Archive for the ‘Texts’ Category

“Because of the Angels”

May 15, 2011

One of Paul’s most puzzling comments comes in 1 Corinthians 11:10, where he writes that “Because of this a woman should have authority over her head, because of the angels” (CEB). Contemporary Bible versions tend to portray this as a plea for women to cover their heads as a symbol, as in the NASB: “Therefore a woman ought to have a symbol of authority on her head, because of the angels.” Some interpreters then go on to argue that a woman’s covered head is intended to be a symbol of the authority that men wield over them.

Interpreters go on to wrestle with the strange phrase at the end of that verse: “because of the angels.” Whatever Paul is trying to say in verse 10, he grounds in a larger argument – an argument involving angels – that’s only obliquely referred to in this text. One ancient explanation of this argument can be found in the early third-century writing of Tertullian, who is well-known for arguing against the role of women in ministry:

It is not permitted to a woman to speak in the church; but neither (is it permitted her) to teach, nor to baptize, nor to offer, nor to claim to herself a lot in any manly function, not to say (in any) sacerdotal office (Virg. Veland. 9).

Earlier in the same work, Tertullian spells out his explanation for why angels should have anything to do with women covering their heads. Referring to the legendary tale of angels marrying humans in Genesis 6:1-4, he wrote:

For if (it is) on account of the angels – those, to wit, whom we read of as having fallen from God and heaven on account of concupiscence after females – who can presume that it was bodies already defiled, and relics of human lust, which such angels yearned after, so as not rather to have been inflamed for virgins, whose bloom pleads an excuse for human lust likewise? … So perilous a face, then, ought to be shaded, which has cast stumbling-stones even so far as heaven: that, when standing in the presence of God, at whose bar it stands accused of the driving of the angels from their (native) confines, it may blush before the other angels as well; and may repress that former evil liberty of its head, — (a liberty) now to be exhibited not even before human eyes (Virg. Veland. 7).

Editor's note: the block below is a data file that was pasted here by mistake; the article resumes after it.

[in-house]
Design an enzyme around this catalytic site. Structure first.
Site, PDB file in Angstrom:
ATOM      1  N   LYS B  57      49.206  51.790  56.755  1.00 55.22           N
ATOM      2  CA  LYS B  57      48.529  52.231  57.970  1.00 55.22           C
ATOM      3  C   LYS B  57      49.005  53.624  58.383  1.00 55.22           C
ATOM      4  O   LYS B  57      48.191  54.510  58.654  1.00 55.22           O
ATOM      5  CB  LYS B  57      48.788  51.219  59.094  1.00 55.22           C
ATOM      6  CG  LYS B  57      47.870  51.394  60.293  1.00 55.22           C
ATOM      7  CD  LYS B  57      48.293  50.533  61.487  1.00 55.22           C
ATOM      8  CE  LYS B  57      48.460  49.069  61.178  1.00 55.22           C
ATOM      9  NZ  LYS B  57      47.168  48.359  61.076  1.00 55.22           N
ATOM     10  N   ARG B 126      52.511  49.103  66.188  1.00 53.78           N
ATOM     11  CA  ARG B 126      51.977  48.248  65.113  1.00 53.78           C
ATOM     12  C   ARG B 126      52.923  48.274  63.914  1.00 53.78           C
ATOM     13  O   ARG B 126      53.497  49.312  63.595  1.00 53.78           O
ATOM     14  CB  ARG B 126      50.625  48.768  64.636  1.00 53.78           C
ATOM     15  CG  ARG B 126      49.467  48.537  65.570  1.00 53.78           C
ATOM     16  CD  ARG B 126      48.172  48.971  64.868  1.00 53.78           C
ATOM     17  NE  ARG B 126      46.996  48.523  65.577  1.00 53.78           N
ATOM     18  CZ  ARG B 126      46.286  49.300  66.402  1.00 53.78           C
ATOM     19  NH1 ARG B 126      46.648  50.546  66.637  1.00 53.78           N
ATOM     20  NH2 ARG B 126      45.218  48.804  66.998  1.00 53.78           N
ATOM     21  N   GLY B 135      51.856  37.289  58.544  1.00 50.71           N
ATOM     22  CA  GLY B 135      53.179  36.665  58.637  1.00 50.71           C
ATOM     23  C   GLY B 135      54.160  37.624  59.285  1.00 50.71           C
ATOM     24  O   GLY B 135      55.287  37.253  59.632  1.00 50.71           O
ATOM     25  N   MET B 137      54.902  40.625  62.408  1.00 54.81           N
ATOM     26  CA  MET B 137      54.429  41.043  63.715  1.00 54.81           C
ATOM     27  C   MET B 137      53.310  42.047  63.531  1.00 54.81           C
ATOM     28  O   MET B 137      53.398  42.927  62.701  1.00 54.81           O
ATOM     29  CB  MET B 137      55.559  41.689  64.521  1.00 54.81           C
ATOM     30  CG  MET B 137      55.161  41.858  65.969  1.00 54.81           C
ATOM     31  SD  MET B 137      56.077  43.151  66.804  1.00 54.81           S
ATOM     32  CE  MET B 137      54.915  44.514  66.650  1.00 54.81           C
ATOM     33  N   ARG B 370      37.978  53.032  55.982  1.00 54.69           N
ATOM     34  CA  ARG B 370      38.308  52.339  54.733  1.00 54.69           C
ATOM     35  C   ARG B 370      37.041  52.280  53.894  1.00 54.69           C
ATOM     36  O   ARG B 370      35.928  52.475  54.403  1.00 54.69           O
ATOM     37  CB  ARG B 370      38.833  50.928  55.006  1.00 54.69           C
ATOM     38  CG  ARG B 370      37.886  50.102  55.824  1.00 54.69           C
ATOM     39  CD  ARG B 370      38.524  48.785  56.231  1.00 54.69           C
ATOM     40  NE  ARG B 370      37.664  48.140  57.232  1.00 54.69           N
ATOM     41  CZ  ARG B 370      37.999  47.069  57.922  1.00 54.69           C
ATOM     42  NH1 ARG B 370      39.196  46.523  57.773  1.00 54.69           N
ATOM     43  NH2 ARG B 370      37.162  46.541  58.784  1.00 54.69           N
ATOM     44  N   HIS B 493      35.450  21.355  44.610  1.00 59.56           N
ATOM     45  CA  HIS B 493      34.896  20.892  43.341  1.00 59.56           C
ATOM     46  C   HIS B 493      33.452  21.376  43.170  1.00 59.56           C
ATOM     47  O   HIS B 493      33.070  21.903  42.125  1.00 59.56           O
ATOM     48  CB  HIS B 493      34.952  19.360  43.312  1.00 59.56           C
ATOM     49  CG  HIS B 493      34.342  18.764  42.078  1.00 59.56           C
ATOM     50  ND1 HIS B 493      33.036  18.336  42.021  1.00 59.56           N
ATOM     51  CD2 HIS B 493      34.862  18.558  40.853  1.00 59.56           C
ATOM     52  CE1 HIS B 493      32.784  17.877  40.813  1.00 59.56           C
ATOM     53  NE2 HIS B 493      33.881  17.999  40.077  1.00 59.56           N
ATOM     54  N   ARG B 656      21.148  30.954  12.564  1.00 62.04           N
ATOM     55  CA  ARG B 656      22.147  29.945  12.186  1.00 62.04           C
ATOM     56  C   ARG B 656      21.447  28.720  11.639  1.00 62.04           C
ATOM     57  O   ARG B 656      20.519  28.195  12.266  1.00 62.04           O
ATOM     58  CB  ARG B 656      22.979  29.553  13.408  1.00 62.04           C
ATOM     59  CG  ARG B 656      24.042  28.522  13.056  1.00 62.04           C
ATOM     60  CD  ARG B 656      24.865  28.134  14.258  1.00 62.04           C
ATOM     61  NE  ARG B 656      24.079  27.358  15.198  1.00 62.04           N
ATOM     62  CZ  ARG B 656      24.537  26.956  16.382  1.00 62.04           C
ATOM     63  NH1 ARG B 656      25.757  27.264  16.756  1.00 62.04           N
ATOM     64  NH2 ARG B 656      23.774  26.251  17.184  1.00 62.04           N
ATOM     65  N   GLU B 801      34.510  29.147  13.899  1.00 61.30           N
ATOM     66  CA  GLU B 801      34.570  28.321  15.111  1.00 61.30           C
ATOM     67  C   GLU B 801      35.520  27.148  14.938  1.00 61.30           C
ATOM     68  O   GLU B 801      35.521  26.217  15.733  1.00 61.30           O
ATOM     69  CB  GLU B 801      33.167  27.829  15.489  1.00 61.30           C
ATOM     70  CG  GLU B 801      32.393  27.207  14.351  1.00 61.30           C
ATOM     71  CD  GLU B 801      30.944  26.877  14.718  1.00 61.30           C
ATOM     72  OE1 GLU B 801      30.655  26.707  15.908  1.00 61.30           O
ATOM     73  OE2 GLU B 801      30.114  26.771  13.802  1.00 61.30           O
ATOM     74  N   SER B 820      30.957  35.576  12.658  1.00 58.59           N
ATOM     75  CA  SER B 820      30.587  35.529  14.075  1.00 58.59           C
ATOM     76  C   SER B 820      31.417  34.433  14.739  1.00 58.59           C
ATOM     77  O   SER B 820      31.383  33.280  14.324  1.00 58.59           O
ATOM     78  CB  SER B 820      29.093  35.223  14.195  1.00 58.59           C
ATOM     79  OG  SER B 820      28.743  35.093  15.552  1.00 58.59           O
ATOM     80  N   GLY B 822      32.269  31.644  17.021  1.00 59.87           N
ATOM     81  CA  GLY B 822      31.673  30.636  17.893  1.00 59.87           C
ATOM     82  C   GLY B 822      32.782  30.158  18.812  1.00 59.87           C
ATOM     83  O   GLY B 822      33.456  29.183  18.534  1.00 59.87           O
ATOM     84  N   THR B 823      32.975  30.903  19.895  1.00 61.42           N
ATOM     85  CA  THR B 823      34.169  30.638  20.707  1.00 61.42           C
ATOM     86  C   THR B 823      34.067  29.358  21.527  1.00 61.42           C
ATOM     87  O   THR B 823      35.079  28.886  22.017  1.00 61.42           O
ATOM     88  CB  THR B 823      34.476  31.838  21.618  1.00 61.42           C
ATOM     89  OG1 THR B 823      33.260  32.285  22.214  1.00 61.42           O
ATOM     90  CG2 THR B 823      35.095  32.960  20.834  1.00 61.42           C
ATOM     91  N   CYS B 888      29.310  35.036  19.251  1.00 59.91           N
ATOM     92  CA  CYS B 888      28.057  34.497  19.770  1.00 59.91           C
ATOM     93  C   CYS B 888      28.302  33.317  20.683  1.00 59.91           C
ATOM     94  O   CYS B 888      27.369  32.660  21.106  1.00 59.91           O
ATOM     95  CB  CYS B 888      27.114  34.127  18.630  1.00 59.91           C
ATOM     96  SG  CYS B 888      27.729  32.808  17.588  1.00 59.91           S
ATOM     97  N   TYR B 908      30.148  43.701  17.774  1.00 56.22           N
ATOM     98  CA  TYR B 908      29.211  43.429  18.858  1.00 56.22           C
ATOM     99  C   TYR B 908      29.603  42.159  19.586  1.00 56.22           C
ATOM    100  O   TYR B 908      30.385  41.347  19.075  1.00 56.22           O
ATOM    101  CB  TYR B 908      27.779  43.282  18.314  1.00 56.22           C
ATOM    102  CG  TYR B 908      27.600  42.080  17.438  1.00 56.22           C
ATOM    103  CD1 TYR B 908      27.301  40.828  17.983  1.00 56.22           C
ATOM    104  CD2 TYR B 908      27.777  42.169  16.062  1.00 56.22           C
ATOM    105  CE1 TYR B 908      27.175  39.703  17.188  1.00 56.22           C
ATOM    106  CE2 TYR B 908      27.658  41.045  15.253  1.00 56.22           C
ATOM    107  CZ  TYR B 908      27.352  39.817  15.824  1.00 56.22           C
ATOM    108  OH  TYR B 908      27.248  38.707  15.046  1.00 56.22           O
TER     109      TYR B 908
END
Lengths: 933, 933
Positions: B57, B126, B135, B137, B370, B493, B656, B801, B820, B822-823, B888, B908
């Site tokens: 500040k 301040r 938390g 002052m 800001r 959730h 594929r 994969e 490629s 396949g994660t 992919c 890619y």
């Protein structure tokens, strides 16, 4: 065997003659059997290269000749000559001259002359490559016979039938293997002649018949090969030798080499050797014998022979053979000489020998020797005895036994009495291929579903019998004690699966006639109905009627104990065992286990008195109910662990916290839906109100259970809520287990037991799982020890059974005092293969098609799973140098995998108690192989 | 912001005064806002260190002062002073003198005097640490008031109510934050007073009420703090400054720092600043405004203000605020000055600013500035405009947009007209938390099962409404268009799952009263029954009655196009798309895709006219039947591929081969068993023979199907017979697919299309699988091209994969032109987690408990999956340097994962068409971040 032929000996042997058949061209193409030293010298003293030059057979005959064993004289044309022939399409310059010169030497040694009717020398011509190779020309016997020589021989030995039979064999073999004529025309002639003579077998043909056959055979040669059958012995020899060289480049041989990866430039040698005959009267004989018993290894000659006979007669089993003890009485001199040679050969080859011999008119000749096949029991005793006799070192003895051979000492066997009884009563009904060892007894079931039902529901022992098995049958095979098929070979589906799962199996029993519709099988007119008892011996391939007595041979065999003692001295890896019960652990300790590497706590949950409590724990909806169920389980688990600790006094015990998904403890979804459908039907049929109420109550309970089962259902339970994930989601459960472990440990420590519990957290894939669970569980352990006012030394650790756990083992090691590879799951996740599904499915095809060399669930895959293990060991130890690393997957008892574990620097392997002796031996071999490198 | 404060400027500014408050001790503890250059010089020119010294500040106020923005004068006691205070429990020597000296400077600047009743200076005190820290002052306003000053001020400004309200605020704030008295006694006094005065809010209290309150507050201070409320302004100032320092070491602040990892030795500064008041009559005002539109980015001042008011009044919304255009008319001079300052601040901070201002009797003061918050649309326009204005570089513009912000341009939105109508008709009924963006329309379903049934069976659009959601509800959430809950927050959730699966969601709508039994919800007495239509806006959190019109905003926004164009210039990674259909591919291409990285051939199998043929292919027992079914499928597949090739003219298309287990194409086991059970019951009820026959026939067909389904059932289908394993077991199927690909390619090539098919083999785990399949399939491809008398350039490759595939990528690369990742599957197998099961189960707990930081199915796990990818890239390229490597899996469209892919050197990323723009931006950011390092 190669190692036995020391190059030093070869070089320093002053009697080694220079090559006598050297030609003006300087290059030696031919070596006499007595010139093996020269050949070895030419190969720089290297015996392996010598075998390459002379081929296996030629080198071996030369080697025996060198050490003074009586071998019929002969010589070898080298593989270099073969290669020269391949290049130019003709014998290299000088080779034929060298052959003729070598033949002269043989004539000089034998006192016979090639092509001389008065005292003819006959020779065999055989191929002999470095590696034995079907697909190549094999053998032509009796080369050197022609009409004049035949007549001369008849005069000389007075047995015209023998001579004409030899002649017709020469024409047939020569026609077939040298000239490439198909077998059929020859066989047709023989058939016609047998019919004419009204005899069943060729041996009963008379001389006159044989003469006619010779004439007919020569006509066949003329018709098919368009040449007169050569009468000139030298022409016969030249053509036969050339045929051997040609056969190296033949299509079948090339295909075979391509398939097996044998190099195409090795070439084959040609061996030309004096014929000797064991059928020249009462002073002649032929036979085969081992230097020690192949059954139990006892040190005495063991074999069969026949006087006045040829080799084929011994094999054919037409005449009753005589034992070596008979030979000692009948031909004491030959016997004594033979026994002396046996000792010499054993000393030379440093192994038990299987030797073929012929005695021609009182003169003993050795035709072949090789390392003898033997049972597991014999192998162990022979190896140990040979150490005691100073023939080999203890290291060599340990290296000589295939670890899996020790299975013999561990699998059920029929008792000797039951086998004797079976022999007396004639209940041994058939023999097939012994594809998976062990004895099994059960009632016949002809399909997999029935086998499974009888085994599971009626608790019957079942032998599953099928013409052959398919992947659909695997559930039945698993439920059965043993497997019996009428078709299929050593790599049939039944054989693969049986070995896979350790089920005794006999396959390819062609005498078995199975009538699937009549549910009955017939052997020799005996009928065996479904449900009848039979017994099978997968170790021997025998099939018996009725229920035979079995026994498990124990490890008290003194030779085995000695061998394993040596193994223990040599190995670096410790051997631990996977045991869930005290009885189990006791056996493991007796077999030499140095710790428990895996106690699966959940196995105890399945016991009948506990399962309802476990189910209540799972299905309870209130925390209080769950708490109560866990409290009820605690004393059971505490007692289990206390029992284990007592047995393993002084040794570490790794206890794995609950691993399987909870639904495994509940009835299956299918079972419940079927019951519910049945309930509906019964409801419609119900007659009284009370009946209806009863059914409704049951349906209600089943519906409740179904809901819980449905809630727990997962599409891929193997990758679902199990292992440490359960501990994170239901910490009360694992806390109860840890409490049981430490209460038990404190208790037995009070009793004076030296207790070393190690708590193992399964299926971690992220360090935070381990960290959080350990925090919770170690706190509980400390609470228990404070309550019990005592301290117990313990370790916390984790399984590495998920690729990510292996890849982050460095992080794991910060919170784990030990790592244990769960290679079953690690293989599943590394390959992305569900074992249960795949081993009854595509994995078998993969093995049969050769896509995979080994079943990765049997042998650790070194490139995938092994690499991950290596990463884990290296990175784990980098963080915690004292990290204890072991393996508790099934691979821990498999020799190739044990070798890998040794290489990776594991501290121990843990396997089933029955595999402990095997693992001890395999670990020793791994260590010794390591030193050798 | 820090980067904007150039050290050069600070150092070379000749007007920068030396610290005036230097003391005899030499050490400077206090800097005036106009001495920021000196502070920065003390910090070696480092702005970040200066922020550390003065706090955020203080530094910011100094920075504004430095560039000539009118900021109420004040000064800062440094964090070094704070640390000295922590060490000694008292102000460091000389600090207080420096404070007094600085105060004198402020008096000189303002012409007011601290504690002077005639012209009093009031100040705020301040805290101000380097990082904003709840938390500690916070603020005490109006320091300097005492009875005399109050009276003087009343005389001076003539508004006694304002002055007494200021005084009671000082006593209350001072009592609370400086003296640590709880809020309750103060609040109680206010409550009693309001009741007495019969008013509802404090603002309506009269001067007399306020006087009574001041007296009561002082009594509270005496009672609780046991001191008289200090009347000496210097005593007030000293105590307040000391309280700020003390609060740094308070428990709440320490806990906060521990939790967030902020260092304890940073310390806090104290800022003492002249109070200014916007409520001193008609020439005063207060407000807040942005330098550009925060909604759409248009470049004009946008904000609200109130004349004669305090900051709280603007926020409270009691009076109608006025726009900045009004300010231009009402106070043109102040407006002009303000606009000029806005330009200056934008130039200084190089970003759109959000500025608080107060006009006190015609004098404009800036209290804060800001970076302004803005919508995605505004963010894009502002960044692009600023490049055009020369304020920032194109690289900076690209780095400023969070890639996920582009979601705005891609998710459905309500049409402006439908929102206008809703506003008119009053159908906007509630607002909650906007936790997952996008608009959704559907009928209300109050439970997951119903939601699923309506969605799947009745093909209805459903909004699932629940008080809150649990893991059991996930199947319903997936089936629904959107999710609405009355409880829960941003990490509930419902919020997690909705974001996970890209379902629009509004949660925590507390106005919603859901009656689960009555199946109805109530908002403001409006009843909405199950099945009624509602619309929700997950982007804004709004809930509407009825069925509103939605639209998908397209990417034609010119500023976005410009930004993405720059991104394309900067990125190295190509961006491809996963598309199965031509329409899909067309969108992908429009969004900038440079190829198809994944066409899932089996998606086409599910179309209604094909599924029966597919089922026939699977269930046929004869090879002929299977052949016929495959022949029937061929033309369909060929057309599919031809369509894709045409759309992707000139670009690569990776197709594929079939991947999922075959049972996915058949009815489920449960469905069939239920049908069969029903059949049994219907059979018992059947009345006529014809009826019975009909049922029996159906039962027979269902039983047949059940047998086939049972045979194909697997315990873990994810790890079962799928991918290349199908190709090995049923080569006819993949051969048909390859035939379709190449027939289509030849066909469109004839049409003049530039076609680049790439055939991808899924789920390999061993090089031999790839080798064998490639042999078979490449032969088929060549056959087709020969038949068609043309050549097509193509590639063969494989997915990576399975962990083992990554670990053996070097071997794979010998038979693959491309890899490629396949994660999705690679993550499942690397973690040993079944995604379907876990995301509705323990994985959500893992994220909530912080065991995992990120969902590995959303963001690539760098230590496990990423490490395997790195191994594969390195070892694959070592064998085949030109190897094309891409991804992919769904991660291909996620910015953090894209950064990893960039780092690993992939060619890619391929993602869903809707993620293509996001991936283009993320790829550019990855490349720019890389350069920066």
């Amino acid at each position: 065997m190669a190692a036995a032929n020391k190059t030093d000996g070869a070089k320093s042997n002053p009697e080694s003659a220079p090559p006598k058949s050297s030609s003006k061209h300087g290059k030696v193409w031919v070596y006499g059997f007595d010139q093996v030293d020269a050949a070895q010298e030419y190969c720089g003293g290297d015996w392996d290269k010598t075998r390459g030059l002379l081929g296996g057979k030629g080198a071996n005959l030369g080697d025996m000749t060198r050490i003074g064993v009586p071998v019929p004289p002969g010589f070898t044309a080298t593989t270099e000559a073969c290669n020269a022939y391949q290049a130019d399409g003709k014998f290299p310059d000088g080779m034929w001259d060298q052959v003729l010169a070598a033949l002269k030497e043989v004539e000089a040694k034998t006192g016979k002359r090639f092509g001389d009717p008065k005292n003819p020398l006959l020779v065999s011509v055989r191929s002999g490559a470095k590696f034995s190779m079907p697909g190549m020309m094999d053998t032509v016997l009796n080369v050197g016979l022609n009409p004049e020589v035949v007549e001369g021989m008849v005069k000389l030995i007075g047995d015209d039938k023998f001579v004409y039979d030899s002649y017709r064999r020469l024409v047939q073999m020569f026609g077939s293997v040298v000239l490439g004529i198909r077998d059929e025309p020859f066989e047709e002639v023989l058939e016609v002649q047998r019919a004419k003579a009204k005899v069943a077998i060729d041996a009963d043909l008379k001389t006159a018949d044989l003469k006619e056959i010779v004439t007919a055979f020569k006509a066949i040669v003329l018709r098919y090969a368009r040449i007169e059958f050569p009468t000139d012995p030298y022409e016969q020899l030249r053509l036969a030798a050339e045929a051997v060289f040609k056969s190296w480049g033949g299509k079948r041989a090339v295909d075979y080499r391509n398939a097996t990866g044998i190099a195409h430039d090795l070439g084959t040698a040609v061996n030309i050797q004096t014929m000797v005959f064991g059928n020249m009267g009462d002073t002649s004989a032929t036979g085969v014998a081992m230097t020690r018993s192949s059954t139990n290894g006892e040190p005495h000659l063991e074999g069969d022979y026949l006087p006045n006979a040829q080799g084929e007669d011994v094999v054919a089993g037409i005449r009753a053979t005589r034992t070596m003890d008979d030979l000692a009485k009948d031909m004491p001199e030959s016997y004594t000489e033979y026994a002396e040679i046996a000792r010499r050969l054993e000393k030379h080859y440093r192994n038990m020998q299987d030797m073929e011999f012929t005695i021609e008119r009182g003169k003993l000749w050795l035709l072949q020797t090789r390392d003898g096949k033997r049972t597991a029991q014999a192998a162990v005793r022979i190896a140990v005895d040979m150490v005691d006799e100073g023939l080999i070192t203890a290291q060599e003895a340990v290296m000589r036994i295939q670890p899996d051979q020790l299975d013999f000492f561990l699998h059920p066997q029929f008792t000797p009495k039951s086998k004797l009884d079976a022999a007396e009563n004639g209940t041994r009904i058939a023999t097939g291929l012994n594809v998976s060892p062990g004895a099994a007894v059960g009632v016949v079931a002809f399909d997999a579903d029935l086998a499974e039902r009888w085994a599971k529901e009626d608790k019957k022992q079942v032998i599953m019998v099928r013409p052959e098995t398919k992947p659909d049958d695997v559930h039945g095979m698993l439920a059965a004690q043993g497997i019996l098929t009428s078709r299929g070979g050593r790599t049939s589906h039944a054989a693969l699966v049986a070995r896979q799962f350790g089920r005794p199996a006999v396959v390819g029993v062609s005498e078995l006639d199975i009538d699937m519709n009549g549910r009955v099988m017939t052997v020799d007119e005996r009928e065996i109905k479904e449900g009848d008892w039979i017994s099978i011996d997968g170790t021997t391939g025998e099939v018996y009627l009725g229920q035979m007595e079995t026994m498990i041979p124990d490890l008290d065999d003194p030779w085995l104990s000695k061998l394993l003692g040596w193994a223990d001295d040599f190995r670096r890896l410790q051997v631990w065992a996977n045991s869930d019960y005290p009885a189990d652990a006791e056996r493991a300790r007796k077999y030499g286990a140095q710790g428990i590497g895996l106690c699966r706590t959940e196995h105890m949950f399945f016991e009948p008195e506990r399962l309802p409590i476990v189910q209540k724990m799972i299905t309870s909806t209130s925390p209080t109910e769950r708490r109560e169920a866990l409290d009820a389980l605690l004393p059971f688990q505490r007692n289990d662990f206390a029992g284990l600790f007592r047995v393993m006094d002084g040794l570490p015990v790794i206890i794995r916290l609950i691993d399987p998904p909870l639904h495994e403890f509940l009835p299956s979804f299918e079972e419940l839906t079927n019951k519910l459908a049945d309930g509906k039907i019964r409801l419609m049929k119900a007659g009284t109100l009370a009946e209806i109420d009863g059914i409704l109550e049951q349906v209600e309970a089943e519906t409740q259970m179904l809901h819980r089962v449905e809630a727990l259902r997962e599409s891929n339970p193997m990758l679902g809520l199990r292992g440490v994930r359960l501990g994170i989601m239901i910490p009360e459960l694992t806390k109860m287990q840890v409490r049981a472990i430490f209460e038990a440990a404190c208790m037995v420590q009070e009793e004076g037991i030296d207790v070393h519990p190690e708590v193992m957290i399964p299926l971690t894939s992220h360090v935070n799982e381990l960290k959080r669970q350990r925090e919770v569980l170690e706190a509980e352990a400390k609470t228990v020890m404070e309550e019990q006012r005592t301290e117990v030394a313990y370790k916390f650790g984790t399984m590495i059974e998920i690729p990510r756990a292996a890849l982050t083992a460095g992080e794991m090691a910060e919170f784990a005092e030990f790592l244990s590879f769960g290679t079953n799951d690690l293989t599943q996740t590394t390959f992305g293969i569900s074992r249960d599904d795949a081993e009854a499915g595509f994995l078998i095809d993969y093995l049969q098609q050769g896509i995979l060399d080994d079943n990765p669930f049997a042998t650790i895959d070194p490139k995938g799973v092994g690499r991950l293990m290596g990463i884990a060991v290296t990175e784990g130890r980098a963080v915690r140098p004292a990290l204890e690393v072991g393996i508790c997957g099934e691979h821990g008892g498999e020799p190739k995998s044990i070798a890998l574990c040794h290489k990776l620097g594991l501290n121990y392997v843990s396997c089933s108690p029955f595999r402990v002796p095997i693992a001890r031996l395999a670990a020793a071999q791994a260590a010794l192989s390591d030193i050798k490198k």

According to Tertullian, then, Paul instructed women to cover their heads so as not to tempt heavenly angels to lust.

This is just another form of the pernicious but persistent suggestion that women are somehow responsible for the sexual harassment and abuse they receive at the hands of men who can’t seem to control themselves – another form of blaming the victim. Needless to say, Paul nowhere demonstrates any such prurient interest in Genesis 6:1-4.

What, then, does “because of the angels” mean in 1 Corinthians 11:10? A more popular suggestion is that women covering their heads (as a symbol of authority) is an expression of reverence appropriate to the context of worship in the assembly, where angels are present. Though less pernicious than Tertullian’s suggestion, this idea also has no basis in the text of 1 Corinthians.

Though we can never know for sure exactly what Paul meant (provided 1 Corinthians 11:2-16 isn’t a later non-Pauline interpolation), there is another, more compelling argument that at least has a basis in the context of 1 Corinthians. Before describing that argument, however, it would be appropriate to consider other ways of understanding the idea of “authority” (exousia) in the first half of the verse. In his 1987 article “Unveiling of Equality: 1 Corinthians 11:2-16” in Biblical Theology Bulletin (17:60-63), Thomas P. Shoemaker makes this compelling argument: